Kristin Murphy, Deseret News
Gov. Gary Herbert speaks to members of the media about tax reform and other current affairs at the Capitol in Salt Lake City on Thursday, Feb. 14, 2019.

Gov. Herbert recently celebrated the Utah Legislature’s modest reforms of occupational licensing laws, highlighting an update from the Institute for Justice showing that the state decreased some of the barriers imposed on workers. As organizations that have engaged in removing such barriers for years, it’s great to have a prominent voice on board with the positive changes we’ve long been working toward.

As with most rankings, though, being less bad than everyone else doesn’t mean there isn’t still significant work to be done. The reality of Utah’s place in the rankings of most burdensome licensing laws is that, when you account for the actual number of professions for which our state requires a license, and the average burden of classroom hours and fees associated with acquiring one of those licenses, Utah is still the 24th most burdensome state in the country.

We believe that a state that holds itself out as being free-market friendly and good for business can — and should — do much better.

Utah’s recent improvement in the rankings has more to do with the study’s weighted preference for the construction industry, for which the Utah Legislature reduced licensing requirements in 2017. Most professions remain unchanged, however, and industry lobbyists inevitably seek more license requirements every year.

Though Utah may be slightly less burdensome than it used to be, the reality is that over 200,000 Utahns are still required to obtain a permission slip to engage in their desired profession. The costs associated with these laws are far reaching. The Institute for Justice’s analysis concludes that Utah’s licensing laws result in 20,000 fewer jobs in our state than would otherwise exist — jobs that could provide vital income and career opportunities for low income families and ex-offenders.

Additionally, with fewer people engaged in a profession due to burdensome barriers to entry, those already working in those jobs are able to charge more due to decreased competition. These costs ripple throughout the state’s economy, costing Utahns an estimated $88 million per year.

The often forgotten aspect of burdensome licensing requirements is that the costs are not merely economic. We can’t forget priority criminal justice issues that the Utah legislature addresses year after year, such as high recidivism rates and breaking the chain of intergenerational poverty, are intertwined with access to employment.

A study by Stephen Slivinski of Arizona State University takes a healthy dive into the relationship between recidivism rates and burdensome occupational licensing laws, and concludes that access to lasting employment is essential to ensuring former inmates don’t return to prison. In fact, states with high burdens and barriers to entry due to licensing laws saw an increase of 9 percent in their recidivism rates over a 10-year span. On the other hand, states with low occupational licensing burdens saw a decrease of 2.5 percent in their recidivism rates over the same 10 year period.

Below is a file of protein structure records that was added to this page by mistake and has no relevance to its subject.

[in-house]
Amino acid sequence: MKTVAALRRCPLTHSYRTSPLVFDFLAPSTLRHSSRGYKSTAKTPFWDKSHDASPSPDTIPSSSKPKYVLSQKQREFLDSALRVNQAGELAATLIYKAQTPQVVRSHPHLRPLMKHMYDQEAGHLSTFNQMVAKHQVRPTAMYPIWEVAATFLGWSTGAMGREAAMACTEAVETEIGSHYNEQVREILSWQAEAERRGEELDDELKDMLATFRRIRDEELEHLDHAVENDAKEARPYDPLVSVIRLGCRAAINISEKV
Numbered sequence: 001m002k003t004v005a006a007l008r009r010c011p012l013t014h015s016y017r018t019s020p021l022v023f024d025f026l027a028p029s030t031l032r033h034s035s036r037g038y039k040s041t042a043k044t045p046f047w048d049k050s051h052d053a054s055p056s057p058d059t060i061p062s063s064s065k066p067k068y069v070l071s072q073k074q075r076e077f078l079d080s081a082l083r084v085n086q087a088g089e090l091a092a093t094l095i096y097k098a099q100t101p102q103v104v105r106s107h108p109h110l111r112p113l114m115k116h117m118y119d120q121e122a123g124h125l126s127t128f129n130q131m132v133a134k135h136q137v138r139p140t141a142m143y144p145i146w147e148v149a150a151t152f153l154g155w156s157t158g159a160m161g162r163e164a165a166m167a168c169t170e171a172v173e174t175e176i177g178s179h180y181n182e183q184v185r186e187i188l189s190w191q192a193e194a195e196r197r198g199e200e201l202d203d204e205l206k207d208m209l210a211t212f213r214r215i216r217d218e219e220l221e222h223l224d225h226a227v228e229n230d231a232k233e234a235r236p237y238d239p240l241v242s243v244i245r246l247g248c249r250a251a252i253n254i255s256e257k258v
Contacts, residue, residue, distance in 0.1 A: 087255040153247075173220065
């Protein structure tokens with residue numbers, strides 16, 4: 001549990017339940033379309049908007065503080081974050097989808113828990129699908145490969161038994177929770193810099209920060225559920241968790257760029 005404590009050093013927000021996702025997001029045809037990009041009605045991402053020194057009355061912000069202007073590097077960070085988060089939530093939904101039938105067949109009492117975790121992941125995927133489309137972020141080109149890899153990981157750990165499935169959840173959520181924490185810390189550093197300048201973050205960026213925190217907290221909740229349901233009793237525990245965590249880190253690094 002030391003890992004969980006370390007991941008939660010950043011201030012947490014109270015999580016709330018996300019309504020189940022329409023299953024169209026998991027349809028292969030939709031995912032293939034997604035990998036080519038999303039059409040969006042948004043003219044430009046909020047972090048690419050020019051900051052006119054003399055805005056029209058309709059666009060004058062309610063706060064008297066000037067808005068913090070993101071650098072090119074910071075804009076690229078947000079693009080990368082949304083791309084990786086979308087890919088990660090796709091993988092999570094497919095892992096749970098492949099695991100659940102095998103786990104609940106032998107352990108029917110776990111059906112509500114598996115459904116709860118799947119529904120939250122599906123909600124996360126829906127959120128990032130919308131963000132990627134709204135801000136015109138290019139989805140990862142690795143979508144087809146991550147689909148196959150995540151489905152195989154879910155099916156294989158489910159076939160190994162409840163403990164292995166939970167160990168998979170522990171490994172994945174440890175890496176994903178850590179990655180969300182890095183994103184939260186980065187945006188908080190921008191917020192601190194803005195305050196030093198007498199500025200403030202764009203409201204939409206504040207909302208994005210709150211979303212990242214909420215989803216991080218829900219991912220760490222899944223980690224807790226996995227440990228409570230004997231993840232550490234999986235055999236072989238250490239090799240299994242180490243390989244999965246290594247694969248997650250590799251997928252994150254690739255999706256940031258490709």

Unfortunately, not only do our licensing requirements present a high burden for those with criminal histories to overcome, but the laws also preclude many people simply because of their criminal past, regardless of whether or not their underlying crime had anything to do with the profession for which they need a permission slip.

While we should celebrate the incremental reforms that Utah lawmakers have implemented, they can do much more. We hope that the governor’s support will extend to ensuring that the licensing agency he oversees also supports more reforms to position Utah as a leader among states on this issue — and not merely in the middle of the pack.

We propose several ideas to accomplish this goal:

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  • Fund an ongoing review of all current government licensing requirements, upholding licenses only where significant public health, safety, and financial well-being concerns are identified and are not effectively handled by alternatives to government licensure.
  • Improve access for consumers and provide momentum for reducing Utah’s internal licensing barriers by recognizing licenses issued in other states for those who relocate to Utah, rather than making them jump through more hoops to prove knowledge and experience they have already satisfactorily demonstrated.
  • Prevent a person’s criminal history from being taken into consideration for licensure after five years, and require that when a criminal history is taken into consideration for licensure that the crime must be tied directly to the core functions of the profession.
  • Reduce and/or repeal continuing education requirements that typically lead professionals to jump over irrelevant hurdles to maintain their license in good standing.

A combination of these reforms will help propel Utah to the top of the national rankings, making the Beehive State an attractive home for professionals who want to build a better life. Modest reforms in recent years have been good steps, but it’s time to lengthen our stride and support hard-working Utahns who shouldn’t have to jump through unnecessary hoops to earn a living for their family.